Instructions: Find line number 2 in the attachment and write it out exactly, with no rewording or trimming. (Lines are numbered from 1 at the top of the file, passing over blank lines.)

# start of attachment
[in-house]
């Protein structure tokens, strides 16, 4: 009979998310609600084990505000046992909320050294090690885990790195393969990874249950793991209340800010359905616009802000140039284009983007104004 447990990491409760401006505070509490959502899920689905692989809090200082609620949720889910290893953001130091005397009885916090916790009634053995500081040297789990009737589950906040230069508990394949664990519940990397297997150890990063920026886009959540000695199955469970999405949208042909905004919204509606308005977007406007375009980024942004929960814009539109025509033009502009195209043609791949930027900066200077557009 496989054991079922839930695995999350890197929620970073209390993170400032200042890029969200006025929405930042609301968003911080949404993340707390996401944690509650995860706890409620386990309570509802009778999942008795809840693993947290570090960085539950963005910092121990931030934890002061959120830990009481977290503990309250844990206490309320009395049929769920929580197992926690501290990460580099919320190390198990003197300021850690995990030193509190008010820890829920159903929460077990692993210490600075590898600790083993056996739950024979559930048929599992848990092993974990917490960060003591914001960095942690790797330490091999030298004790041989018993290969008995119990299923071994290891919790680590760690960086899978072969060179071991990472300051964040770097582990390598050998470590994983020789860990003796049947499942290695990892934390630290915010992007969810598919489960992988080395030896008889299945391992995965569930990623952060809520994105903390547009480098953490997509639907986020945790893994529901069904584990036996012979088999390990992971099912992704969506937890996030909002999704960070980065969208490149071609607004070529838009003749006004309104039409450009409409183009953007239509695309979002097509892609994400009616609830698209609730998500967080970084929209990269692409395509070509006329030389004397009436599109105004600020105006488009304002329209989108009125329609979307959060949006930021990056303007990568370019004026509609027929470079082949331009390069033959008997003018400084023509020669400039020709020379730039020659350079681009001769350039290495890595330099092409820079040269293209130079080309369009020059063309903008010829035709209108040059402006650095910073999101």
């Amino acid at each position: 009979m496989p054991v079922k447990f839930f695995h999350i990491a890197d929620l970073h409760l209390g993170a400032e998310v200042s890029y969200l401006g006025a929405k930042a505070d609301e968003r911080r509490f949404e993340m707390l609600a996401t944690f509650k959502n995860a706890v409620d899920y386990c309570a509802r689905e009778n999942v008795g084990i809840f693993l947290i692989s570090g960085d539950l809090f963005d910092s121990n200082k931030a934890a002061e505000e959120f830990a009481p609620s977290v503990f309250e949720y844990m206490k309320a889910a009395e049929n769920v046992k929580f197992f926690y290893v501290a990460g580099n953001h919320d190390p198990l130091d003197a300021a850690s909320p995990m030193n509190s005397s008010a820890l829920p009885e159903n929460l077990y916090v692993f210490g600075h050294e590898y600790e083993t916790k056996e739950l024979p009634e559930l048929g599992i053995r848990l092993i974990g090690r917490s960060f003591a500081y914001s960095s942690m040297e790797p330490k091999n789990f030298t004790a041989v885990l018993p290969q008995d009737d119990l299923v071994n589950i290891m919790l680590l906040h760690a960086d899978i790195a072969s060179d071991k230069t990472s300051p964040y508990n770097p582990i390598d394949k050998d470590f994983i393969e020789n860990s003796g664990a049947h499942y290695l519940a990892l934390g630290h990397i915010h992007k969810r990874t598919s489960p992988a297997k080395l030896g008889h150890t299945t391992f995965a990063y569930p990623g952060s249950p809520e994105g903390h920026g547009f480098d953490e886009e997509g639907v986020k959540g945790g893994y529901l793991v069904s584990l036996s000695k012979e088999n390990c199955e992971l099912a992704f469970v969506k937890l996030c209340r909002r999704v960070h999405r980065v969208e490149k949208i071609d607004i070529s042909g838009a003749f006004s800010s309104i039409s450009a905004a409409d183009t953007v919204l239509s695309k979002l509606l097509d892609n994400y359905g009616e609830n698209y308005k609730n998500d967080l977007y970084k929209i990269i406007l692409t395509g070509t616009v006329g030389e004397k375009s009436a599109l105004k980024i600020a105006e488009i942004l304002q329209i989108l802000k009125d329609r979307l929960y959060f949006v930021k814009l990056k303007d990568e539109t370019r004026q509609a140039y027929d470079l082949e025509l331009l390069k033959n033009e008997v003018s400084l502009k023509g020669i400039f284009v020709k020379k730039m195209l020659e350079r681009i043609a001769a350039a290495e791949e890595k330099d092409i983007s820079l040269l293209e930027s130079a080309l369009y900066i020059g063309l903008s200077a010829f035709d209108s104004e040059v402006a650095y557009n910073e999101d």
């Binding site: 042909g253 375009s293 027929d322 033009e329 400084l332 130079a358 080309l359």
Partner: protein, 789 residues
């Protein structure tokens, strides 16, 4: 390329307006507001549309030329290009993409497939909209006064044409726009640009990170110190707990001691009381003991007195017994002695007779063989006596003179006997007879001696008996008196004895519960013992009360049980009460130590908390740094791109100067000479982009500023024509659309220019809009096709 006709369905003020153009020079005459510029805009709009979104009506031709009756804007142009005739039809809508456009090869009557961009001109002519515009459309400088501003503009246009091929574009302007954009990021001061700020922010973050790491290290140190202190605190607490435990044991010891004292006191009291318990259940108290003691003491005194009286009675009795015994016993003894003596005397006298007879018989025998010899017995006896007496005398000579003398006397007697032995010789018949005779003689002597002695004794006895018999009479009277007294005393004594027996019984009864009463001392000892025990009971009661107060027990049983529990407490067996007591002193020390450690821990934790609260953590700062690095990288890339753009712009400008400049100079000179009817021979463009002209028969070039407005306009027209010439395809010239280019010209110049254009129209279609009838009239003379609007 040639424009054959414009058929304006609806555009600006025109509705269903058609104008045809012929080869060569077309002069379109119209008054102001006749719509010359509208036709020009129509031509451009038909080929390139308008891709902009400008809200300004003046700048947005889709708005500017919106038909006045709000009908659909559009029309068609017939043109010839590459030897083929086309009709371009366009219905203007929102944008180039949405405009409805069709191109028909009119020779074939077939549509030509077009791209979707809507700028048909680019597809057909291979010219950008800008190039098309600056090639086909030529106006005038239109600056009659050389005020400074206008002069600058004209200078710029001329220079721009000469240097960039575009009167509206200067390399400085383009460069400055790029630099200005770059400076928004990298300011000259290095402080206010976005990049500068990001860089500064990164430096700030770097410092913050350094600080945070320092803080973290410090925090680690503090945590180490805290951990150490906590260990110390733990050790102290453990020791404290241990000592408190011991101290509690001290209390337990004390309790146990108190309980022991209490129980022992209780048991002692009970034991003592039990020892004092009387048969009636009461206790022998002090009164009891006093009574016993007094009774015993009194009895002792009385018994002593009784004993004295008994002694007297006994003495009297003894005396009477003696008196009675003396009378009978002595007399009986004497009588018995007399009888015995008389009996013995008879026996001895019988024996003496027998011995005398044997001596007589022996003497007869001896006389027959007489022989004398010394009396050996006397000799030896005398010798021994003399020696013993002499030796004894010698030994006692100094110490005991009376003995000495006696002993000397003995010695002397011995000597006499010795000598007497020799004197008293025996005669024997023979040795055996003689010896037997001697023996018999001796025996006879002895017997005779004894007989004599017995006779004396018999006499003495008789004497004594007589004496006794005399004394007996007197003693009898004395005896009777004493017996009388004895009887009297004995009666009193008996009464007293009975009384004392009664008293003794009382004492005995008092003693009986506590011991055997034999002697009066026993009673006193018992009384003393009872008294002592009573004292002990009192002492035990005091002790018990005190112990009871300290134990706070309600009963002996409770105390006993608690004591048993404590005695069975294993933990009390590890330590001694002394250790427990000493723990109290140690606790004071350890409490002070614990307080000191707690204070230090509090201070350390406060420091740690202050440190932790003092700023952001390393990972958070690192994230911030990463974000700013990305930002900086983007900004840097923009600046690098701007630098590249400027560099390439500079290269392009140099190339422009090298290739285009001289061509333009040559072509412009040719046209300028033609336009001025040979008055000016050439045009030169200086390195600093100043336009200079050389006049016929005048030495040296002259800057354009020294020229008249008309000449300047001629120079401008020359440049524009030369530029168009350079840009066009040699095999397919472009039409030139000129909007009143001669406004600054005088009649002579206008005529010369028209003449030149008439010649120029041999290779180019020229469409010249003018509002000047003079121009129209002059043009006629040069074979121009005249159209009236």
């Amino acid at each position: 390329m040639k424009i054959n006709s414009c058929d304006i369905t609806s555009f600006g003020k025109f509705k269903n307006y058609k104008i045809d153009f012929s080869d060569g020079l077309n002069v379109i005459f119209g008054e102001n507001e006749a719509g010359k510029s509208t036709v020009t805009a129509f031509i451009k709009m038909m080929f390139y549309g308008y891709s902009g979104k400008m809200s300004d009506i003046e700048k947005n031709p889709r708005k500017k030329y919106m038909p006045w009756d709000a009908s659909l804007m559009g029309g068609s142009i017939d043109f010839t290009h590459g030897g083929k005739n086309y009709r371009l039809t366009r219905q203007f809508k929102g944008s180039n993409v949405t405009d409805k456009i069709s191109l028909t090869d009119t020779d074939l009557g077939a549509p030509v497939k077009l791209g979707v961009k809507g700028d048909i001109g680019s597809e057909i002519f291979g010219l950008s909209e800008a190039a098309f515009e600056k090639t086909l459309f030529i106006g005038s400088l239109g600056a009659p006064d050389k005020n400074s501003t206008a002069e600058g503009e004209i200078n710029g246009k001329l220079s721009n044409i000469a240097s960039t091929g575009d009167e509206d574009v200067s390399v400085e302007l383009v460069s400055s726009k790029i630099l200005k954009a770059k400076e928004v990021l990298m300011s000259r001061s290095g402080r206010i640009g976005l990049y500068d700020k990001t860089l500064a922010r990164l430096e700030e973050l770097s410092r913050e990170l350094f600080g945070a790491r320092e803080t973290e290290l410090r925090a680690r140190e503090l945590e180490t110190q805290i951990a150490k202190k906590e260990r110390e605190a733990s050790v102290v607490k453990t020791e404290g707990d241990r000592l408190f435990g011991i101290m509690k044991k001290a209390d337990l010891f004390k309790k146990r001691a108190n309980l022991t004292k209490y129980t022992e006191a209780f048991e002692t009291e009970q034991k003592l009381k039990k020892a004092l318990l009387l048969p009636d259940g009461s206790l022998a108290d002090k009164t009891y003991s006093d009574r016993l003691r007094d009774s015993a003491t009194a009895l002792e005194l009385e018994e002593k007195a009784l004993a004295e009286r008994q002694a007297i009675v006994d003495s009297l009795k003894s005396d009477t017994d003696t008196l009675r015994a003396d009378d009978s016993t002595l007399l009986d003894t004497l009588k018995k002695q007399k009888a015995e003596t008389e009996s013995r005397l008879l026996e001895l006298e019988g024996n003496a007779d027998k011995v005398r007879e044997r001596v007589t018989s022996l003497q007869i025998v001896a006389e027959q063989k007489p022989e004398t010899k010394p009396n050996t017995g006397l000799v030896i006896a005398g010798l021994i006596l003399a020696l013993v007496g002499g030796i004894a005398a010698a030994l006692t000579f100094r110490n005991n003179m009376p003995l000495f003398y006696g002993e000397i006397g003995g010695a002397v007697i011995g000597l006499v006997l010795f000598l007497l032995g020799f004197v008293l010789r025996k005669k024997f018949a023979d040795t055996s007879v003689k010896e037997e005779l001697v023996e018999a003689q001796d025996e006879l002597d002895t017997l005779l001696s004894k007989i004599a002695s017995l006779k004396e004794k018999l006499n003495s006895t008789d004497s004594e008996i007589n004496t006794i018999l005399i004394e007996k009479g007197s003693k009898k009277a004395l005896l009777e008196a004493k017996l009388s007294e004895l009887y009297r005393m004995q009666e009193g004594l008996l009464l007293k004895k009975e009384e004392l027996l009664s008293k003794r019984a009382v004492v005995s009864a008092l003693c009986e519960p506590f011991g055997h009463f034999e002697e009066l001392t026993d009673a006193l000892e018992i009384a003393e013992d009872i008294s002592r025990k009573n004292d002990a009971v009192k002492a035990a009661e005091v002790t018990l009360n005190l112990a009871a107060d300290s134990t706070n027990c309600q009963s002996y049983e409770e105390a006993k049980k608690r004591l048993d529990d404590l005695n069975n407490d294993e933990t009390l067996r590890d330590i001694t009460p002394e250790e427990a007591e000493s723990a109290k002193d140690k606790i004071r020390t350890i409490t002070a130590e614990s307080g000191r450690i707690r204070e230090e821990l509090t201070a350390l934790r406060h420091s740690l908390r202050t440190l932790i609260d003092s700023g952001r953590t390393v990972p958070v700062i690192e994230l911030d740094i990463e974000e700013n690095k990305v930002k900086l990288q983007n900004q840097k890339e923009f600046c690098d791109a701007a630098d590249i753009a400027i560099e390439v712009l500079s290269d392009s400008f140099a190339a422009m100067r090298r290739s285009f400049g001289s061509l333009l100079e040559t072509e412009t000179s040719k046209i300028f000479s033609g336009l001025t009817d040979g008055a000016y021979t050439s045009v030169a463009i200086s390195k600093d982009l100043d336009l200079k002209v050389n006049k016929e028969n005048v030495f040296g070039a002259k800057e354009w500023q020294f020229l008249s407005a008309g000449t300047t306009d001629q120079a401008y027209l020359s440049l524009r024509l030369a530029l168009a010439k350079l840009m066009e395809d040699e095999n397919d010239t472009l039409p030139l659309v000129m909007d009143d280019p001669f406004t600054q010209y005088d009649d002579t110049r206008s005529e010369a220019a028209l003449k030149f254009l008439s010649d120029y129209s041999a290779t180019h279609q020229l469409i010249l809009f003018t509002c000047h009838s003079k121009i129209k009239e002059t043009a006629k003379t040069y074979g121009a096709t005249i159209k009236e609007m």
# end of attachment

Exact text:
């Protein structure tokens, strides 16, 4: 009979998310609600084990505000046992909320050294090690885990790195393969990874249950793991209340800010359905616009802000140039284009983007104004 447990990491409760401006505070509490959502899920689905692989809090200082609620949720889910290893953001130091005397009885916090916790009634053995500081040297789990009737589950906040230069508990394949664990519940990397297997150890990063920026886009959540000695199955469970999405949208042909905004919204509606308005977007406007375009980024942004929960814009539109025509033009502009195209043609791949930027900066200077557009 496989054991079922839930695995999350890197929620970073209390993170400032200042890029969200006025929405930042609301968003911080949404993340707390996401944690509650995860706890409620386990309570509802009778999942008795809840693993947290570090960085539950963005910092121990931030934890002061959120830990009481977290503990309250844990206490309320009395049929769920929580197992926690501290990460580099919320190390198990003197300021850690995990030193509190008010820890829920159903929460077990692993210490600075590898600790083993056996739950024979559930048929599992848990092993974990917490960060003591914001960095942690790797330490091999030298004790041989018993290969008995119990299923071994290891919790680590760690960086899978072969060179071991990472300051964040770097582990390598050998470590994983020789860990003796049947499942290695990892934390630290915010992007969810598919489960992988080395030896008889299945391992995965569930990623952060809520994105903390547009480098953490997509639907986020945790893994529901069904584990036996012979088999390990992971099912992704969506937890996030909002999704960070980065969208490149071609607004070529838009003749006004309104039409450009409409183009953007239509695309979002097509892609994400009616609830698209609730998500967080970084929209990269692409395509070509006329030389004397009436599109105004600020105006488009304002329209989108009125329609979307959060949006930021990056303007990568370019004026509609027929470079082949331009390069033959008997003018400084023509020669400039020709020379730039020659350079681009001769350039290495890595330099092409820079040269293209130079080309369009020059063309903008010829035709209108040059402006650095910073999101």